First: I search the Internet to find pictures that I want to turn into my applique. I search for "coloring pages" because it is easy to find basic shapes and there is so much variety. I then copy and paste the images into Microsoft word and resize them. Then I print out multiple copies (at least 3, you may need 4 depending on how detailed your images are). I will explain below. Here are the images I printed out to use.
Second: You want to cut out your image into parts. This allows you to layer fabrics to create a multi dimensional applique. Here is how I cut apart my cupcake pieces. This is why you need more than one copy of the image. You have to create some imaginary lines while you are cutting where the fabrics will overlap.
Third: Trace the pieces onto your Heat N' Bond paper. I have heard that Wonder Under works much better but I have an industrial size roll of Heat N' Bond that I need to use up. It is stiff at first but softens up after a wash so no worries.

Fourth: Cut out the pieces but not on the line. You want to cut slightly outside of the lines. (Finally a time when it is okay to do something outside of the lines)


Fifth: Iron these pieces onto the wrong side of your fabrics. Now cut them out on the lines.Sixth: Peel off the paper backing, position the pieces on your onesie and press with an iron (just press, don't move the iron around a bunch).
Seventh: Now you will sew around the edge of the applique. I used to try doing a zig zag stitch but then read on the blog Crap I've Made how she always uses a straight stitch. I tried that this time and loved it. The zig zag always gummed up my sewing needle and caused so much hastle. The straight stitch worked like a breeze. (I am not sure about how much it will fray after it is washed because I prewashed my onesies so if anyone has tried this please let me know.) I set my stitch length to a smaller setting (I used a stitch length of 2) and here is one other thing that worked so great: clear quilting thread. I used this for my upper thread and a white bobbin for my lower. It makes it so you don't have to change threads with each fabric color and it seemed to sew better than regular thread through the Heat N' Bond. Don't try using it on both upper and bobbin thread. I have tried it and while it works, it is a pain in the rear end.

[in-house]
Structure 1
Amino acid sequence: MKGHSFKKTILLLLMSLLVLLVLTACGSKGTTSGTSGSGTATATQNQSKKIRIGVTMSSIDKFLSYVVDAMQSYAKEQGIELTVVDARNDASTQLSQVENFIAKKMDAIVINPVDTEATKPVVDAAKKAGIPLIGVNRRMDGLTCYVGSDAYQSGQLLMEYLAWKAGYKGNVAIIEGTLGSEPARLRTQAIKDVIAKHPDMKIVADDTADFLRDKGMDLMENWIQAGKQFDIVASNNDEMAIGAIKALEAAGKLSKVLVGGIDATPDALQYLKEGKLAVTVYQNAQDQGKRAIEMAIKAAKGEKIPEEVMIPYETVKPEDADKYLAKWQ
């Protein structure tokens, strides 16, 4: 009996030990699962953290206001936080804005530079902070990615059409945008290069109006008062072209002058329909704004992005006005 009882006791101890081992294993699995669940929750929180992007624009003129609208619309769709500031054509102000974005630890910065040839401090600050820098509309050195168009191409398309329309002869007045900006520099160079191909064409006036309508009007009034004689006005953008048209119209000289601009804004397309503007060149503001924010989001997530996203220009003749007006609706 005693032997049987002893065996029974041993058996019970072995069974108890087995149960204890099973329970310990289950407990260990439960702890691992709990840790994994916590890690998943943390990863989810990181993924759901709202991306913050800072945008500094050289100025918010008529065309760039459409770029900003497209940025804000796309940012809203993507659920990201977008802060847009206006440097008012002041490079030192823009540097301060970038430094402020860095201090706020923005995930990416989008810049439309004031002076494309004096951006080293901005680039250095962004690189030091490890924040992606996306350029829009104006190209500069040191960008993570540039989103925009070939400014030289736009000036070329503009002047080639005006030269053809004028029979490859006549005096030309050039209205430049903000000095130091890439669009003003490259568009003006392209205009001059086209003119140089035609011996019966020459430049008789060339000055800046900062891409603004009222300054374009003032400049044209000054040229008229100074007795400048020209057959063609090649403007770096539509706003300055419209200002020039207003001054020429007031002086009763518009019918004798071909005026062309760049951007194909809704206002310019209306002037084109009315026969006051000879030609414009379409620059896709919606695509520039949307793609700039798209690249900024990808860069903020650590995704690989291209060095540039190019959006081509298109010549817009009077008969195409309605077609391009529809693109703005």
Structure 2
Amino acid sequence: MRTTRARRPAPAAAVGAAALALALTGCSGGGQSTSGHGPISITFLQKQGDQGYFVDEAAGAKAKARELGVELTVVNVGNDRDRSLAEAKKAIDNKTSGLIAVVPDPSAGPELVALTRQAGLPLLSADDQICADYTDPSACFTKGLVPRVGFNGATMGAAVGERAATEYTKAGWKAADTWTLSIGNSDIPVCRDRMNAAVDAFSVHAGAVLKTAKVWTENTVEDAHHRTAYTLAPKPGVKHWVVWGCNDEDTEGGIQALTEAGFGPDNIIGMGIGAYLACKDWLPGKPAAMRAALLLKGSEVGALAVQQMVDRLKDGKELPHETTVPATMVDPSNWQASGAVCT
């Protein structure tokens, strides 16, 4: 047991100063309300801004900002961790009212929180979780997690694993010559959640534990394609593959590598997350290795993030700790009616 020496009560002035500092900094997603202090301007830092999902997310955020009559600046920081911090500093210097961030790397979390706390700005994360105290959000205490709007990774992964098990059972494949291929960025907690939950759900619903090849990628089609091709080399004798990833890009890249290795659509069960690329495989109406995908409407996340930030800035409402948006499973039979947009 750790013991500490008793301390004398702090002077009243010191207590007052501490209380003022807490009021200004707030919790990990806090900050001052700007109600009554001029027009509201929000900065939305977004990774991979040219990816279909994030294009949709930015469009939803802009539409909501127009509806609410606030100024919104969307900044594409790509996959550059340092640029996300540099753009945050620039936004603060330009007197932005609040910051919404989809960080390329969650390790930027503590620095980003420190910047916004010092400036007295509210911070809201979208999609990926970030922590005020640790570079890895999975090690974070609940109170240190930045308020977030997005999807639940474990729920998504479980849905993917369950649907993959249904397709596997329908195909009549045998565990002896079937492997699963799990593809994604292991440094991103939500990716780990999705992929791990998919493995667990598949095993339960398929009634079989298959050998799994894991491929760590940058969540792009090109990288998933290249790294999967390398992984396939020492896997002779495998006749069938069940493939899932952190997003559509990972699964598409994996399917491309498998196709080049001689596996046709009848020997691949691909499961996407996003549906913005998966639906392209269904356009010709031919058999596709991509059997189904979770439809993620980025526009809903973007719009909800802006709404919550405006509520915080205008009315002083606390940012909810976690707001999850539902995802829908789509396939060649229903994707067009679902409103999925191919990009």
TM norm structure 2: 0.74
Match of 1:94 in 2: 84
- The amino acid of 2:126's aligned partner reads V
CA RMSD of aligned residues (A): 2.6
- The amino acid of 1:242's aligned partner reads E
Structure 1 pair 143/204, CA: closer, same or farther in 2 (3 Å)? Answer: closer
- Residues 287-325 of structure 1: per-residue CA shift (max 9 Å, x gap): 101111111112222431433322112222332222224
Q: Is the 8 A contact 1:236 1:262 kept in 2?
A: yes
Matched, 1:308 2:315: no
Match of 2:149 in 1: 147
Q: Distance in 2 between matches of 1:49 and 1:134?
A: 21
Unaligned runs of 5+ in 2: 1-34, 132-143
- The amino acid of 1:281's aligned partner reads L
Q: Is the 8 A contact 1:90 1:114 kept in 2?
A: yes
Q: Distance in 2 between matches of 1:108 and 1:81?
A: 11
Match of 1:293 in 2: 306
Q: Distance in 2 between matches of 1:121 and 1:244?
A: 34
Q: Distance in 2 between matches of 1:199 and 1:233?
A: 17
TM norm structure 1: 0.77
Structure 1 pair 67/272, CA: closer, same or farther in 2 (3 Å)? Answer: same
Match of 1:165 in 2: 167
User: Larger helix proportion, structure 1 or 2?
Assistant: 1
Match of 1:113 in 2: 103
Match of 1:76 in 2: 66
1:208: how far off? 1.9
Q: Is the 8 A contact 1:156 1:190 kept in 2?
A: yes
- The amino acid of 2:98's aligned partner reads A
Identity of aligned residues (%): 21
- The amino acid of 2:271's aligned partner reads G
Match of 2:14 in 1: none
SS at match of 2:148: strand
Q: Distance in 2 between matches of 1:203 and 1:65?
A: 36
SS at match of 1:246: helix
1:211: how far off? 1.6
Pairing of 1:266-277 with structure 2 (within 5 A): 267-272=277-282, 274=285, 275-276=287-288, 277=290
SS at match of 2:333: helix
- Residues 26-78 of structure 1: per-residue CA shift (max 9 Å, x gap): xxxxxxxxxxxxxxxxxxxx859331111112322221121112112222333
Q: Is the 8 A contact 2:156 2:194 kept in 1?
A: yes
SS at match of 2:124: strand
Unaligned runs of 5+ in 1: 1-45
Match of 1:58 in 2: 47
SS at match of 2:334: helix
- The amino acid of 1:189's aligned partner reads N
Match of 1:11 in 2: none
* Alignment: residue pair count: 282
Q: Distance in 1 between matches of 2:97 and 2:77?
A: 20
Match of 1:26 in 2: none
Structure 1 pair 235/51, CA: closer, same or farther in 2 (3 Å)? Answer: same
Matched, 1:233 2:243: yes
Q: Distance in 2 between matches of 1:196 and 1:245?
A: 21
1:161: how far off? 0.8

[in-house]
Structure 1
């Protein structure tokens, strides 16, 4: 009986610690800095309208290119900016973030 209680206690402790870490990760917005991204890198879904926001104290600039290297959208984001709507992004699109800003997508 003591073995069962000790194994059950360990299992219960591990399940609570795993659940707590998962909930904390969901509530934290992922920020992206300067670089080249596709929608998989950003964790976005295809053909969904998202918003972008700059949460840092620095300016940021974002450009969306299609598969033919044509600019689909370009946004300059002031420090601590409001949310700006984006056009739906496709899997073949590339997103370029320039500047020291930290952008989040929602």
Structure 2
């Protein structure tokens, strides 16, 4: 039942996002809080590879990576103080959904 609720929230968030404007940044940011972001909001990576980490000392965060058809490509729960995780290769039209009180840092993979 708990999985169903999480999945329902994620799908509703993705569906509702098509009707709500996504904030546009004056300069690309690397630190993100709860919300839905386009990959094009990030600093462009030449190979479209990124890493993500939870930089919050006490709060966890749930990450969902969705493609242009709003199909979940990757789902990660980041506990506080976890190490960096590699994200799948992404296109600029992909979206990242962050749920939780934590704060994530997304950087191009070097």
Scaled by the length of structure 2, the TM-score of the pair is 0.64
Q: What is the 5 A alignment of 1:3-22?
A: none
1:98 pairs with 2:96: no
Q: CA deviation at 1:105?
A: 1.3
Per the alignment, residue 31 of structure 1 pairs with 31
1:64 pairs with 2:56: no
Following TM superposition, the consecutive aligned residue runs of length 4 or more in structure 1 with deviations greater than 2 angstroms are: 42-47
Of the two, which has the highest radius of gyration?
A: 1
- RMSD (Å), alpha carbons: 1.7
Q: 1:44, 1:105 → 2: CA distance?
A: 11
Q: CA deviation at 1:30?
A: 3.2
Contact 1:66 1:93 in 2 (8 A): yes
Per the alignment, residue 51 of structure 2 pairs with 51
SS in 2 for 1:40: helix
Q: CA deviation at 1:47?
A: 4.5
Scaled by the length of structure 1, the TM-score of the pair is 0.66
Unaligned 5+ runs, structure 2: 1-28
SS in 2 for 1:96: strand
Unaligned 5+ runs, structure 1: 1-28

Here is my completed cupcake before I added the cherry.

Here is my dot for the cherry on top. I found a fabric scrap that I had that had polka dots on it and this on just happened to be perfect for the cherry. Sometimes I iron on the large pieces first, sew them on and then add the little ones second.

Here is the completed applique. By the way I just free handed the cherry stem. There is no point trying to trace a piece this small from a pattern.
There you have it, a cute and easy way to dress up a onesie. After I had the cupcake complete I decided I wanted to add the word "sweet" underneath. I printed the word on the onesie with a washable pencil and then hand embroidered it. After I finished the embroidery I turned the onesie inside out and cut a piece of iron on interfacing a little larger than the word and ironed it on to cover the stitches. If you look at any embroidered baby clothes they all have this material inside. It won't last forever but should hold up for a bit until everything softens up.I think it turned out so cute. Don't you. Here is the group that I made this week. I am planning on matching these with burp rags to sell in little sets. I will show you that in the future.Now as a side note. You can use this same applique making idea with paper. I did this when I decorated our baby nursery. I wanted to have a border of animals all around the room so I looked for animal pictures online and followed the same steps for cutting out the separate pieces and traced them onto paper and then glued them together and then to the wall. Here is a little look at a few of them.